Opinion: State must prioritize communities of color for COVID-19 testing

Opinion: State must prioritize communities of color for COVID-19 testing

June 8, 2020

Original article here.

By Guest Columnist

Susheela Jayapal, Alisha Moreland-Capuia and Smitha Chadaga

Jayapal is Multnomah County commissioner for District 2. Moreland-Capuia is an addiction psychiatrist who works at the intersection of cultural medicine, trauma, addiction and mental health. Chadaga is a hospital medicine physician and activist. They live in Portland.

The evidence is clear: Black, Indigenous, and other people of color are testing positive for COVID-19 at disproportionate rates and being hospitalized due to COVID-19 at disproportionate rates, across the country and right here in Oregon. Because of generations of systemic racism, they are more likely to work in frontline jobs; less likely to work in jobs with sufficient paid sick leave to allow them to stay home when ill or exposed to illness; and more likely to suffer from underlying health conditions that elevate the risk of complications. 

But BIPOC communities can’t get the testing they need. 

In Multnomah County, our most populous and diverse county, Hispanic people account for 28% of positive cases, compared to their population share of 10%; Black people account for 14%, compared to their population share of 7%; and Native Hawaiians/Pacific Islanders account for 3%, compared to a population share of 1%. Recent sharp spikes in certain immigrant and refugee communities further demonstrate the risks to our BIPOC communities.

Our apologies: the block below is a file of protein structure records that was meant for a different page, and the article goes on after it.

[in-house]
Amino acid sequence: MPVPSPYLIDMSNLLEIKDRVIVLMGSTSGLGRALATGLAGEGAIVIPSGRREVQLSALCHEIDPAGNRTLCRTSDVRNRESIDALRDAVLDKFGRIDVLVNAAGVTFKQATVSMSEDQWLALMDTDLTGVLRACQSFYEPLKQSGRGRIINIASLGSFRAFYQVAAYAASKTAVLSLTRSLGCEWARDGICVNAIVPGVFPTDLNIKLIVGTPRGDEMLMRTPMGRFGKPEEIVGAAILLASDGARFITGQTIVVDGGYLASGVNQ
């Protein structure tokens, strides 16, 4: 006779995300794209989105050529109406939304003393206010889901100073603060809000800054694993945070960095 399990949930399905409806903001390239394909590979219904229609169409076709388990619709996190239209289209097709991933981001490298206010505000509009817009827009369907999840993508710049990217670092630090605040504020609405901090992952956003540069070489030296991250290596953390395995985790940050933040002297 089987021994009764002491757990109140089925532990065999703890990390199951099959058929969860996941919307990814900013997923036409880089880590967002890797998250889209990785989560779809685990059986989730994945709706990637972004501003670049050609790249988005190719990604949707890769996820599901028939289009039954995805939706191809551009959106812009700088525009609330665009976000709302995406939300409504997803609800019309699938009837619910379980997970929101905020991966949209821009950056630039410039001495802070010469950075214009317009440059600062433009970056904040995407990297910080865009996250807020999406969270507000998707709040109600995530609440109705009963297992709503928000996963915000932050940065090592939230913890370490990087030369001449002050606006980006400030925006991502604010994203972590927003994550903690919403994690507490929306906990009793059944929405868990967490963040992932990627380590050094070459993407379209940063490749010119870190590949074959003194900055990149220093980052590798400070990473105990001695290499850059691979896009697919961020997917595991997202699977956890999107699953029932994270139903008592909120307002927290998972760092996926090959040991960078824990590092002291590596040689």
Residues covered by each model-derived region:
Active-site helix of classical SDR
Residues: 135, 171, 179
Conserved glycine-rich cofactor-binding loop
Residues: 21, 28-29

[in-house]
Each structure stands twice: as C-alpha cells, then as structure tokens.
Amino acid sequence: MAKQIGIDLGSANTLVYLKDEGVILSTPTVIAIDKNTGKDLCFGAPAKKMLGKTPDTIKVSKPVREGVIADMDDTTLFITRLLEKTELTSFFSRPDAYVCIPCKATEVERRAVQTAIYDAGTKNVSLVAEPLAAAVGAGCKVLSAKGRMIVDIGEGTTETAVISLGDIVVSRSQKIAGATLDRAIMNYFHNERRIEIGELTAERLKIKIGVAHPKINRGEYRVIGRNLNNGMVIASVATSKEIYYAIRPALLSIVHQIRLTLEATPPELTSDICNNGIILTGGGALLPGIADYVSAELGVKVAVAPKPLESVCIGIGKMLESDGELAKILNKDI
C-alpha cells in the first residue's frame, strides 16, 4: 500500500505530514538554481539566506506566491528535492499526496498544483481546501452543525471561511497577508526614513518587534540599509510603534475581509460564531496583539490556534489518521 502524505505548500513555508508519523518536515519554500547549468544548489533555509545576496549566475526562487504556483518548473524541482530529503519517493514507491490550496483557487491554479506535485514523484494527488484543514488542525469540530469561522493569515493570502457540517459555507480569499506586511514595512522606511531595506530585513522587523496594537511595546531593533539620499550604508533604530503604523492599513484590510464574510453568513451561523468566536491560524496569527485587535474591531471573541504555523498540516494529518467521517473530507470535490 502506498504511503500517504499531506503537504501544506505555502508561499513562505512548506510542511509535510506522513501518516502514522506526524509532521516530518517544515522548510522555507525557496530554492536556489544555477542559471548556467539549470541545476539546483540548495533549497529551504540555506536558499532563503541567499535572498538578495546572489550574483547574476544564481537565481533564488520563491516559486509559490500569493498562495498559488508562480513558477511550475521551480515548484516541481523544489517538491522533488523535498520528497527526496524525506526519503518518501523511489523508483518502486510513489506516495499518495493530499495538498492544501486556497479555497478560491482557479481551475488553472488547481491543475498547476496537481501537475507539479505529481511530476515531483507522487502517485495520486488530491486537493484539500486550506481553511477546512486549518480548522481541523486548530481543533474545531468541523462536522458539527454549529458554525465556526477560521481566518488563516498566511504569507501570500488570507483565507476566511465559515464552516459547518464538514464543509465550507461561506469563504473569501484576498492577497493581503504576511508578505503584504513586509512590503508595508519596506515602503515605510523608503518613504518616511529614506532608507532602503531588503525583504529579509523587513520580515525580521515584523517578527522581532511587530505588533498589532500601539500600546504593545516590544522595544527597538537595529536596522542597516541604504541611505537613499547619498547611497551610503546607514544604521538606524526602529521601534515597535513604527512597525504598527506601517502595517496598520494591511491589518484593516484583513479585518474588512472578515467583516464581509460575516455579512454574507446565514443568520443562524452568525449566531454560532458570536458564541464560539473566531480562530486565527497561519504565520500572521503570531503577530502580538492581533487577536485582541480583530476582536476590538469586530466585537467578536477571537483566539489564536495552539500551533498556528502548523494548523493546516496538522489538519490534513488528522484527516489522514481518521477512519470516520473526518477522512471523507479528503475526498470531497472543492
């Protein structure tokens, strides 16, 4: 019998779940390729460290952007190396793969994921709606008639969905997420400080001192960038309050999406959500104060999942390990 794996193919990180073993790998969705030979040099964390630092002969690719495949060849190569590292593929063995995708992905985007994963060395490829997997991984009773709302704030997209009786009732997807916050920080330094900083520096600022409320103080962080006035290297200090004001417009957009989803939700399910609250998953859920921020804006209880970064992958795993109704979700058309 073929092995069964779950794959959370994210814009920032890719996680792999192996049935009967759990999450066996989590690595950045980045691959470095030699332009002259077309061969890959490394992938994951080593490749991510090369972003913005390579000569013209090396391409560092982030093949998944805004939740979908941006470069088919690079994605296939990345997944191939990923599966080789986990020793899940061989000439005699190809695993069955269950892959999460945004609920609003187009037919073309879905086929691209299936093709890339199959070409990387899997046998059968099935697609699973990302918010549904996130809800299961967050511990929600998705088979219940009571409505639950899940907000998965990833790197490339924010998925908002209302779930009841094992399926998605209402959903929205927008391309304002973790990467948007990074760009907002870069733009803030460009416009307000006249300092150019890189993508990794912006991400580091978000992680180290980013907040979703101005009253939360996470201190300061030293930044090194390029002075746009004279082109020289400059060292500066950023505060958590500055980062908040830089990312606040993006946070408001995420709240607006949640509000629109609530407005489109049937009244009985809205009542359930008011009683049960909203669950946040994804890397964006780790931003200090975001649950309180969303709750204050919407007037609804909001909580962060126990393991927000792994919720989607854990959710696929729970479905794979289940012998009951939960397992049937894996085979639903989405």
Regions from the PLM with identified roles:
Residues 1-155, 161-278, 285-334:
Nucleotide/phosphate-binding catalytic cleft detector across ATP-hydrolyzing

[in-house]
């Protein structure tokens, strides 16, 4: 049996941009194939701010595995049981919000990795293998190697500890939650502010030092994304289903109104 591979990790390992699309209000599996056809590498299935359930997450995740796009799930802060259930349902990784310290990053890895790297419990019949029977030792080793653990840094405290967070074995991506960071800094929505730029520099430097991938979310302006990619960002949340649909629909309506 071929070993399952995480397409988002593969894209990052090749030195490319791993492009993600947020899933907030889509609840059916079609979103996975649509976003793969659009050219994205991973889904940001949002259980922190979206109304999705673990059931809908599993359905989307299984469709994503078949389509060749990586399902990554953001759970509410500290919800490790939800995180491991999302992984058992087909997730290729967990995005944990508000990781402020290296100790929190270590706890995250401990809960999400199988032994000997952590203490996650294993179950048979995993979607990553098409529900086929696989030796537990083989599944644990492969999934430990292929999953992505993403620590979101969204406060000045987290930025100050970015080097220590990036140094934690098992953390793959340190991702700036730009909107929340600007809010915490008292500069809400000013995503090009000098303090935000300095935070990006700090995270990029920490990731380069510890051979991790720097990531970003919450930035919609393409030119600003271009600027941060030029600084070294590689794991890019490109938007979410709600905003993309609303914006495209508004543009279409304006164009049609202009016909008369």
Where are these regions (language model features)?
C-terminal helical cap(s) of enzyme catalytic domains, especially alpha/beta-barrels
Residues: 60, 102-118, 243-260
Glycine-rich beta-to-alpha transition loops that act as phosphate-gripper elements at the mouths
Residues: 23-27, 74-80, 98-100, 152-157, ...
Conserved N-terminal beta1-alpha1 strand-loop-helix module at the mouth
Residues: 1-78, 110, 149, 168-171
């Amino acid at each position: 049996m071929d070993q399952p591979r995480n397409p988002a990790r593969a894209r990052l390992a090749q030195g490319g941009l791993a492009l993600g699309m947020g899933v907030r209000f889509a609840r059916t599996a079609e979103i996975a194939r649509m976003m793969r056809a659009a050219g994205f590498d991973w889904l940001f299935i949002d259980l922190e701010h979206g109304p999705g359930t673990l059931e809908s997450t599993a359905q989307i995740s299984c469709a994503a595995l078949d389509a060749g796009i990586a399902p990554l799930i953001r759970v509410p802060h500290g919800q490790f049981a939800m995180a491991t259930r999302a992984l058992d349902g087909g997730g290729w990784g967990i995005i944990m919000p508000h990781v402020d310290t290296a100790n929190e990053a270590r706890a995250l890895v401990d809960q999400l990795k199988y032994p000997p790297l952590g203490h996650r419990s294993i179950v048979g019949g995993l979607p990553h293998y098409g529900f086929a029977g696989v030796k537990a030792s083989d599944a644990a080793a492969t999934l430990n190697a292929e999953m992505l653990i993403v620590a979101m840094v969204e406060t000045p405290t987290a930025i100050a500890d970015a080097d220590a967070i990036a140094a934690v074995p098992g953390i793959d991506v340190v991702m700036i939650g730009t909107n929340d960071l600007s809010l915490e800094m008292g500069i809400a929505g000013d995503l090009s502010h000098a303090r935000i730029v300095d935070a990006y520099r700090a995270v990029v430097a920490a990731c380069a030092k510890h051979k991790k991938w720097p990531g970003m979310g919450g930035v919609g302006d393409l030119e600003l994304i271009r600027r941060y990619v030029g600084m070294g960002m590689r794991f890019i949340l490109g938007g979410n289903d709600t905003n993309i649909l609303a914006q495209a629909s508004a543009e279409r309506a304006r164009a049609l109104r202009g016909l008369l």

COVID-specific evidence and general medical research make it clear that BIPOC communities suffer from institutionalized racism in health care and consistently experience bias that leads to worse health outcomes. 

Testing is the gateway to our public health response to COVID-19, and therefore to containing spread -- but BIPOC communities are having a harder time accessing it. Black patients are half as likely to get tested before coming to the emergency department as white patients. And they are sicker when they arrive. The recent story of Michael Lopez, turned away twice despite experiencing symptoms, further exemplifies the barriers faced by BIPOC communities (“Latino man twice rejected for coronavirus testing amid confusion over Oregon guidelines,” June 11).

We call on the Oregon Health Authority to immediately issue a clear, unambiguous recommendation that anyone who identifies as Black, African-American, Latinx, American Indian/Alaska Native, Asian, Asian-American or Pacific Islander be prioritized for testing, regardless of whether they are exhibiting symptoms.

Past statements made by the health authority have been vague and contradictory – for example, in the Oregonian/OregonLive article cited above, the agency spokesperson stated that it was not recommending routine testing for asymptomatic people of color. Not surprisingly, these conflicting guidelines are being interpreted in different ways across providers and across counties, creating additional roadblocks to testing for BIPOC communities. 

A clear, affirmative recommendation must be made. Further, it should be paired with culturally-specific outreach, including dissemination of information about existing testing sites, transportation to testing sites, pop-up testing at community events (including protests), options for mail-in testing as this becomes more available and assurance of wrap-around economic and social supports for those who test positive. Government, academic, health system, and philanthropic partnerships should support these efforts. 

These recommendations would increase the reach of testing and contact tracing in our chronically marginalized communities, and thus mitigate the impact of disparities inherent throughout our healthcare system. It would also benefit our entire community.   

Unimpeded access to COVID-19 testing for BIPOC communities is an important and necessary step to curb the disproportionate illness burden in these communities.  The current movement for racial justice has shown us that waiting to act costs lives.  We, on behalf of more than 100 physicians and community leaders, urge the Oregon Health Authority do what it takes to ensure justice and equity for those who too long have suffered.